The fourth game in the Skate franchise will be free, and it also became known that its official name is Skate. The long-awaited skateboarding simulator has been in development for a long time, and from the very beginning, fans have received very sporadic updates. Only at the beginning of this month Skate showed its first footage of the gameplay, promising fans that, despite the long delay, work on the game is still ongoing.
Despite the fact that there have been few official Skate updates, a lot of gameplay footage has leaked in recent months, giving skateboarding fans a more substantial, albeit illegal, look at the development of the title. These leaks have already revealed some significant information about the game, including details about the game’s California-inspired setting, as well as footage of the online multiplayer component in action. Although the game’s release date is supposedly coming in the very near future, these gameplay leaks have provided a much deeper look at the multiplayer mode and Skate setting than anything EA has offered so far.
However, a recent video from the Skate YouTube channel provided a lot of new information. Perhaps the most surprising discovery is that the new Skate game will be free when it launches, which will be a first for the franchise. The live service element is likely to be a boon for the aforementioned multiplayer game, which has also been confirmed to have cross-play functionality on PlayStation and Xbox consoles as well as on PC. This disclosure also demonstrated that the game is still at a very early stage of development, which casts doubt on EA CEO’s statement that Skate’s release date is coming soon.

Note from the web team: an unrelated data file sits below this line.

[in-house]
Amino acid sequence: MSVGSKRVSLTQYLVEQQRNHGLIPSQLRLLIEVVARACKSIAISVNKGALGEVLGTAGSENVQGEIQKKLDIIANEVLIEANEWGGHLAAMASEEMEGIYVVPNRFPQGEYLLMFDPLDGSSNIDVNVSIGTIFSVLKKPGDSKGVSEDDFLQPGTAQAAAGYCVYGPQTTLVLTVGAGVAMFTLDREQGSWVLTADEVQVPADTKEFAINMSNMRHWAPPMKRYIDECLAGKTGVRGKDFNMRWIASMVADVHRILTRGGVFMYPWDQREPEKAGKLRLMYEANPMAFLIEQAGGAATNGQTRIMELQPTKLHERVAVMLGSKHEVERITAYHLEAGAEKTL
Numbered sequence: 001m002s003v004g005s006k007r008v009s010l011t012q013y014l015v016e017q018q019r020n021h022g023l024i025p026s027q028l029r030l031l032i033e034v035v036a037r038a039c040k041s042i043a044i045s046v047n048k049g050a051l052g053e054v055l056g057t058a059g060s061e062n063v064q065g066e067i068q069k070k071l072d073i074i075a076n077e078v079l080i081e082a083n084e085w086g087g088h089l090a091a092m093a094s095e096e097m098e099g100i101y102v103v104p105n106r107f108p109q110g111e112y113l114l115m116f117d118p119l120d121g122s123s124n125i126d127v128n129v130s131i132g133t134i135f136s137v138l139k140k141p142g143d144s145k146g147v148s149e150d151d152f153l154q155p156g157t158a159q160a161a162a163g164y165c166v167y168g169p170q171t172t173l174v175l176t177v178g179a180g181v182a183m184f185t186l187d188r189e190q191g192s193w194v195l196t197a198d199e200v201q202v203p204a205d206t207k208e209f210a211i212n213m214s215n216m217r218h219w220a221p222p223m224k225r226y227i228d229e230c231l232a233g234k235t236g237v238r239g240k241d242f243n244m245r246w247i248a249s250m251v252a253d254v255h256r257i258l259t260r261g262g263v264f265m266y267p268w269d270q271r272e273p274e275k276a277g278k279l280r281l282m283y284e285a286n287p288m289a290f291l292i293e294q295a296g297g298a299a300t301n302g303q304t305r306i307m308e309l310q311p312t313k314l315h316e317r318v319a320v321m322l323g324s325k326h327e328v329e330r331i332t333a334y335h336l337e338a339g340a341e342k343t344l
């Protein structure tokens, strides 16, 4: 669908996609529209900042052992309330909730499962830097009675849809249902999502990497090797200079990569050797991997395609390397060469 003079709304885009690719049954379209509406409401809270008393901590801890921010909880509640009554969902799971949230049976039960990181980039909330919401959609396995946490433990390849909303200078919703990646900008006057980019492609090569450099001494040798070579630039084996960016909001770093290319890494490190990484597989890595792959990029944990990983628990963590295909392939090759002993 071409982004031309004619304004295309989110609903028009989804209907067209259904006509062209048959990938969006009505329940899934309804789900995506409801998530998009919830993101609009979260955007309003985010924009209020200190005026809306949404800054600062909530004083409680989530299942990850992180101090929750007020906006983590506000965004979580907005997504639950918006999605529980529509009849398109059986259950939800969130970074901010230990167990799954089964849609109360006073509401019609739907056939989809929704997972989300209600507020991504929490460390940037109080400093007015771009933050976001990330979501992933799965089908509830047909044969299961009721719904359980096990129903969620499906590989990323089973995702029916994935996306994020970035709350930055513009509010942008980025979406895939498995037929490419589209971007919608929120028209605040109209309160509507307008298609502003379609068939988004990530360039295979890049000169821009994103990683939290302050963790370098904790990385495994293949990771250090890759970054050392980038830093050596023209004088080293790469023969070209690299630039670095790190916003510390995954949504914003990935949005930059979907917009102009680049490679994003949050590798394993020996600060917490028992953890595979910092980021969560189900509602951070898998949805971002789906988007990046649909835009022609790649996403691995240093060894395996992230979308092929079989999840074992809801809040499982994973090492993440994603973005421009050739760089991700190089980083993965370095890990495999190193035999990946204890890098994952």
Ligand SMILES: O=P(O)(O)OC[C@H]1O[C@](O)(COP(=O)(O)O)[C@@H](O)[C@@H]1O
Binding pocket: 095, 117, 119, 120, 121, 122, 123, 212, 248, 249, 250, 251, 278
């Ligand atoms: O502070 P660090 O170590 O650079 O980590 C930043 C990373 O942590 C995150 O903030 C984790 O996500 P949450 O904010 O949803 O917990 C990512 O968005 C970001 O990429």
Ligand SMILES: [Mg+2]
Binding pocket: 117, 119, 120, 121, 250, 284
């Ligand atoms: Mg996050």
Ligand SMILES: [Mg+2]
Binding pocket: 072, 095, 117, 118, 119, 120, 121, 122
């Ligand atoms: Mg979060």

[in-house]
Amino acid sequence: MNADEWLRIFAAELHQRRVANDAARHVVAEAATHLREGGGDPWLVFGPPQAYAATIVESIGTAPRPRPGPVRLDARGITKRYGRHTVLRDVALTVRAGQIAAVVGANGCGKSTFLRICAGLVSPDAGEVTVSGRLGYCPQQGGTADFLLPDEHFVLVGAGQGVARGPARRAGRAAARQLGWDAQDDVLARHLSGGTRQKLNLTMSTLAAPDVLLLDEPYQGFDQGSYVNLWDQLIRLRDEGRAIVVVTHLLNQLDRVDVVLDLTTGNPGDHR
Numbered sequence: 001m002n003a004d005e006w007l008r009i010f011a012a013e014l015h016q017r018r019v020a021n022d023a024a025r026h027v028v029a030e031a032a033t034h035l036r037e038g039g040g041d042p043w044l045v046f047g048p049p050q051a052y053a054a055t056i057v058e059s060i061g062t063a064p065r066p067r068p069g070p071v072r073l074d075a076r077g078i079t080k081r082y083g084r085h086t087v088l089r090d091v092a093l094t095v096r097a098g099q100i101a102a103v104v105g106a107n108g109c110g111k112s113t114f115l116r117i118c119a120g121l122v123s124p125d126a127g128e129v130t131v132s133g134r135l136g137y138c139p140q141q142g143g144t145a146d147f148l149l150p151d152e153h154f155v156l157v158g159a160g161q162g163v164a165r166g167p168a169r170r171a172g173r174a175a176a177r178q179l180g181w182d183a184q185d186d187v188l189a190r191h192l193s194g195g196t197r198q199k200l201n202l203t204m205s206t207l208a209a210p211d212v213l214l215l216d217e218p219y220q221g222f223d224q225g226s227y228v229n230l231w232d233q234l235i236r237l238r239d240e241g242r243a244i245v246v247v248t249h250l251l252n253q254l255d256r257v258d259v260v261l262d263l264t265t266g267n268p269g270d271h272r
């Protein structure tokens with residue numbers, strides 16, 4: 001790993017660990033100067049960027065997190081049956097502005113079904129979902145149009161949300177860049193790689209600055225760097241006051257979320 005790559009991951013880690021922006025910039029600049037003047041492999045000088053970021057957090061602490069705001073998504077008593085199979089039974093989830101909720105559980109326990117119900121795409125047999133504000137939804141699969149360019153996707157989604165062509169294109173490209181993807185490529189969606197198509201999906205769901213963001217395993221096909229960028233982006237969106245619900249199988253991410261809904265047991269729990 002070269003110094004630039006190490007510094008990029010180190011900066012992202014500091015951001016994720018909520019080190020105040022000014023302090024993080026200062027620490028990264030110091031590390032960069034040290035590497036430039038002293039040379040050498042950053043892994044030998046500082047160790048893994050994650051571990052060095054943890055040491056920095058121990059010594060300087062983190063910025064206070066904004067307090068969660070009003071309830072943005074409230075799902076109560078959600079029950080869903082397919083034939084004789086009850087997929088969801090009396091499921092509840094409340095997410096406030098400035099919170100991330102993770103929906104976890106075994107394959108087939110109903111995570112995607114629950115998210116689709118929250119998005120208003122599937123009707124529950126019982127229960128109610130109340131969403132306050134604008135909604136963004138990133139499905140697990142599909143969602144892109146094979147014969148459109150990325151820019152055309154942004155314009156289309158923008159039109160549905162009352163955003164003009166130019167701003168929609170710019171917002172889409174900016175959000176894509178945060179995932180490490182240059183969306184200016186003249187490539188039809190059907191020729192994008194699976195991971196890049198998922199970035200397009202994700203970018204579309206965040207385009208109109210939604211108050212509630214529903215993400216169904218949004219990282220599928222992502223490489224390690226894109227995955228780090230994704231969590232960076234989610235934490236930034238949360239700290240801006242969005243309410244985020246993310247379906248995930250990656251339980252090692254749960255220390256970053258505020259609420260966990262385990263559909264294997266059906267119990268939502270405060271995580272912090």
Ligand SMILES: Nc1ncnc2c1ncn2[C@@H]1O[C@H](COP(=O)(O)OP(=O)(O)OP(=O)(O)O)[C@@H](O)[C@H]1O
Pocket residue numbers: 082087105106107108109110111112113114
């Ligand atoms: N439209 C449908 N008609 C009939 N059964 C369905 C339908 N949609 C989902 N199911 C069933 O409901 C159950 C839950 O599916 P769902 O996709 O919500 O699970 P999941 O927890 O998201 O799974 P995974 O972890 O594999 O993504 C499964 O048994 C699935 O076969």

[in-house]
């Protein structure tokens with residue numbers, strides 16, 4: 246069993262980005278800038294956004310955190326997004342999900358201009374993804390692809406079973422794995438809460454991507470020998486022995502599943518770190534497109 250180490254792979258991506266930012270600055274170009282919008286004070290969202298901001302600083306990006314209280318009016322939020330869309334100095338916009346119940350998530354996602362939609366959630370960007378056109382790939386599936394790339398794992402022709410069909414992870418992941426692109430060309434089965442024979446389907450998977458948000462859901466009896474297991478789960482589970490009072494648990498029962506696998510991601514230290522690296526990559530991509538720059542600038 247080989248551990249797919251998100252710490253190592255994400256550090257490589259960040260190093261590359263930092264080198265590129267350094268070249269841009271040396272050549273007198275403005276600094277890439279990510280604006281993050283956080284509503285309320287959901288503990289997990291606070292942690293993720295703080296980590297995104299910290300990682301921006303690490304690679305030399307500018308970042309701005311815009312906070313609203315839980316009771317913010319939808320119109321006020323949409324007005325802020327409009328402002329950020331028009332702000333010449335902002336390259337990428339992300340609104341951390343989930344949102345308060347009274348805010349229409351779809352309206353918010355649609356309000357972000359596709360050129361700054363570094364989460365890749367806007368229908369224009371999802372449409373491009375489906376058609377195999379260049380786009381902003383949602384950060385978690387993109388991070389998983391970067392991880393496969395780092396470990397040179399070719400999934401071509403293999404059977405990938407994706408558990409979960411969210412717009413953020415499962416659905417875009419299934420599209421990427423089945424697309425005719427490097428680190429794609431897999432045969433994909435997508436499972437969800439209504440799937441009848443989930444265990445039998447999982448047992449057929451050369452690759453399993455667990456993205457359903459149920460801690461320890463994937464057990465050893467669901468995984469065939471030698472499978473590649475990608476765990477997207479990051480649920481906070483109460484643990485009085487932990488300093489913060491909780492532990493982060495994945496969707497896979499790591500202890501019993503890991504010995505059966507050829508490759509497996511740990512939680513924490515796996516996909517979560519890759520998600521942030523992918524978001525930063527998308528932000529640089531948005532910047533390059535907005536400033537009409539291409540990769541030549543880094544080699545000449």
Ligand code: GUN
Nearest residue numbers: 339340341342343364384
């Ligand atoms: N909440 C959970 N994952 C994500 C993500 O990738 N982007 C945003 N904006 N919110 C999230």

The information that Skate will be free was met by some with trepidation. Free games, as a rule, carry a stigma due to the fact that they are heavily burdened with microtransactions and pay-to-win mechanics, which prevents players from enjoying the game if they are not willing to spend extra money on it. In-game microtransactions are arguably one of the most controversial aspects of the modern video game industry, to the point that some countries pass laws controlling and even prohibiting such practices. Some of the games they are included in have made a huge effort to monetize their titles; for example, Diablo Immortal requires $110,000 to fully upgrade a single character. In the face of such huge fees, it’s natural for fans to be wary of what Skate is up to.
However, at an early stage of development, it is difficult to say how Skate will turn out. If the main gameplay can reflect what fans liked in previous Skate games, then microtransactions can be a relatively unobtrusive factor. Theoretically, switching to a free game will significantly increase the number of players who will be able to try Skate. There is no official release date yet, only time will tell.